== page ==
Despite the fact that we arrived from Tahiti where the Polynesians love their traditional dancing, we enjoyed an evenings entertainment watching a dance show in the town.
We had a brilliant week. Rapa Nui offered us far more than just the famous Moai.
Opening events with pomp and ceremony are part of the role you play as the President of French Polynesia.
You arrive as the President: the Country’s major VIP. You and your entourage are welcomed. The traditional greetings continue as you are escorted along the route to the stage, where you will say a few words. No one wants long speeches.
A bit like the shock of the unknown in a ghost train, serious women in bright clothing spring out in front of you. They chant and sing. A man throws baby powder into the air.
It’s all too much. You try to suppress your amusement. Your shoulders start to shake. You give up and burst into laughter, singing along with the women.
You recompose yourself in time to cut the tape of tiare flowers.
This is a happy occasion and everyone is relaxed.
The event from the 3rd to 6th May in the Place To’ata, Papeete, Tahiti is the:
“This week show us your interpretation of prolific“
Pearls, pearls, pearls.
They call them “Black Pearls” because they are produced by the black-lip pearl oyster but they come in different colours.
Papeete is the small capital city of French Polynesia. It is on the main island of Tahiti. Everywhere you look, there are shops selling black pearls. Many of them are outlets for the Pearl farmers from different islands or atolls in French Polynesia.
So many shops sell pearl jewellery .
Some displays are better than others
Easter /Spring theme
This shop’s a bit cluttered.
Market traders sell low quality pearls.
The pearls are graded for quality.
The Tuamotus are said to produce the best quality pearls. The oysters thrive in the pristine waters of the remote atolls. However, the farmers of the society islands claim that they are the ones that culture the finest pearls.
Some pearls cost a fortune.
Phew, just for one pearl.
I could buy a new dinghy and outboard motor for that price.
As I wandered around the Pearl shops yesterday, I came across two lovely ladies working upstairs in the market. They sell the cheaper quality pearls and their display is crammed in amongst the cleaning stuff. But for all that, they were marvellous fun to chat with. I didn’t buy any pearls but they insisted on photographing me wearing an enormous pearl necklace.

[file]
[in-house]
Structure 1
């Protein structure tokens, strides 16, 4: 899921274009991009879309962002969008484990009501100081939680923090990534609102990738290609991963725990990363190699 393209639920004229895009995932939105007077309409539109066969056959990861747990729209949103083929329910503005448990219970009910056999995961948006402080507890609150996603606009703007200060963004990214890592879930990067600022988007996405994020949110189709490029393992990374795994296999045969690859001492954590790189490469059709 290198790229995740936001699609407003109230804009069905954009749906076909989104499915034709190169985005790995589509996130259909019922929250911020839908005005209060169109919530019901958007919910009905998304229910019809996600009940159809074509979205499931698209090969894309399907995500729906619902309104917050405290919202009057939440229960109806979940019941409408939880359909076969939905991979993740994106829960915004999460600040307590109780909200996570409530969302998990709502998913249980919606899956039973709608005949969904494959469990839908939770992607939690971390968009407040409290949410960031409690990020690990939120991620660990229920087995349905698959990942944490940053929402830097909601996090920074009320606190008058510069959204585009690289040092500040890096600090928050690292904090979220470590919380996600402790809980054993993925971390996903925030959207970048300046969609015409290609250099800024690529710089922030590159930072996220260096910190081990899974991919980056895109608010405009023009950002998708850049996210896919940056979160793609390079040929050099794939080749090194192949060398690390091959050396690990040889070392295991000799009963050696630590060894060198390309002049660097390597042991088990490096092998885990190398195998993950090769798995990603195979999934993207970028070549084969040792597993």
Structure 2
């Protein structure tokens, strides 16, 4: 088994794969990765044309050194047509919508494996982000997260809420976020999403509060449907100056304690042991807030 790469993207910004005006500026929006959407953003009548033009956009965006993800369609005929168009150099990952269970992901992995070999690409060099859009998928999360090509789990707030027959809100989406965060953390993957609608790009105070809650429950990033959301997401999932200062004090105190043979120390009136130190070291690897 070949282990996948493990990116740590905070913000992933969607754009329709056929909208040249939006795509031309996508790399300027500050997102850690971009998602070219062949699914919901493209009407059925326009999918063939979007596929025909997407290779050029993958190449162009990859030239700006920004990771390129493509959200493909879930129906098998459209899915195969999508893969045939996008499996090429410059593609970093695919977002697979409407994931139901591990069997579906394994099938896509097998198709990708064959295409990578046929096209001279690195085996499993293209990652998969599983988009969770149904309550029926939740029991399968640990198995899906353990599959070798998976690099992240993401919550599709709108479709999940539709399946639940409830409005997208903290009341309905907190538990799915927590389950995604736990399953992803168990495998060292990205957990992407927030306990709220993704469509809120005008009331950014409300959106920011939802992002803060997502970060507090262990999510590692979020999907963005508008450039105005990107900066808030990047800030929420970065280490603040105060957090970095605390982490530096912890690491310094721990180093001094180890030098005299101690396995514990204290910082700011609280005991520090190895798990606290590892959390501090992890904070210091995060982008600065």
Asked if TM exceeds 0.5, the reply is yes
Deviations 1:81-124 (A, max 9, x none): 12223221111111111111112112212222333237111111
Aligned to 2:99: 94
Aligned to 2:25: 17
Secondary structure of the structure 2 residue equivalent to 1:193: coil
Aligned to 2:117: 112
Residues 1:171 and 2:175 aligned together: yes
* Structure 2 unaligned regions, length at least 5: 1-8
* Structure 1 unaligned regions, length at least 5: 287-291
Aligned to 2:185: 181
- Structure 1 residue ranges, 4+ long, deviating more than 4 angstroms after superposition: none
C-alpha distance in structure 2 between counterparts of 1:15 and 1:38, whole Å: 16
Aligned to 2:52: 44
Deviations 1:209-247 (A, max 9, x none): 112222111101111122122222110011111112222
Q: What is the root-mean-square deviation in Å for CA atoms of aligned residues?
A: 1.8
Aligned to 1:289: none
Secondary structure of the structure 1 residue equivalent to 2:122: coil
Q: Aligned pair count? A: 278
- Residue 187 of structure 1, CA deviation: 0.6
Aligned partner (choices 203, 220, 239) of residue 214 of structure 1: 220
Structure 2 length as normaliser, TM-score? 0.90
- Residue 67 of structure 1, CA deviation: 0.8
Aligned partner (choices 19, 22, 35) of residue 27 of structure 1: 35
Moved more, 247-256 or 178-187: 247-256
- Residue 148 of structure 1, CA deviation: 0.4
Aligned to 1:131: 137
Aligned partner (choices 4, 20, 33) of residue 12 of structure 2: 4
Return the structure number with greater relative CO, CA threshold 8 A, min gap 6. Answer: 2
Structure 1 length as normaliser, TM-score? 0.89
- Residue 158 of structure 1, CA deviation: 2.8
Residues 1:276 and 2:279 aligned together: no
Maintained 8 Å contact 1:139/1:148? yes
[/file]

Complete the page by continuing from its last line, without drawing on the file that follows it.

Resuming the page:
Fun to chat to these ladies.
Machine used to make the holes through the Pearls
There are other types of pearls. Keshi pearls are small non-nucleated pearls typically formed as by-products of pearl cultivation. I love them.
Other jewellery is made from the pearly oyster shells. These fetch good prices as well.
Incidentally the Robert Wan Pearl Museum is the world’s only museum dedicated to pearls. It is located here in Papeete.
All was calm in the marina this morning, no swell. The Muscovy Duck was catching a few rays of sunshine and appeared dry and relaxed. Breakfast was prepared and ready for us to eat in the cockpit but John had disappeared. I thought it a bit weird that he should choose that moment to spray WD40 on his bikes which are secured near the marina gate.
Moments later I was presented with a rose and a bouquet of local grown flowers from the market. Today is Valentines Day. John admitted to being embarrassed about buying Valentine flowers. I had made one of my card creations for John, not a fair exchange really but it was made with love.
Valentines day can be a cruel day. The teenage school girls in Tahiti are demonstrative with their newly presented roses and often look smug rather than smitten. I’ve seen girls purchasing their own roses from the local garage, glancing quickly around to check that no one in their peer group has noticed. Such is the pressure.
Having purchased a baguette a couple of hours later, I noticed that the flower sellers in the market were having a field day. Men young and old seemed shy and embarrassed as they make their choice of bouquet. Token gesture or completely over the top, what message should they give.
On closer observation I was happy to note that families old and young bought flowers too.
I don’t want to be too harsh on the concept of Valentines Day but I loathe the fact that it has become another commercial gimmick. How could you possibly approve of a bunch of flowers containing an inflated Chinese helium balloon. So bad for the environment.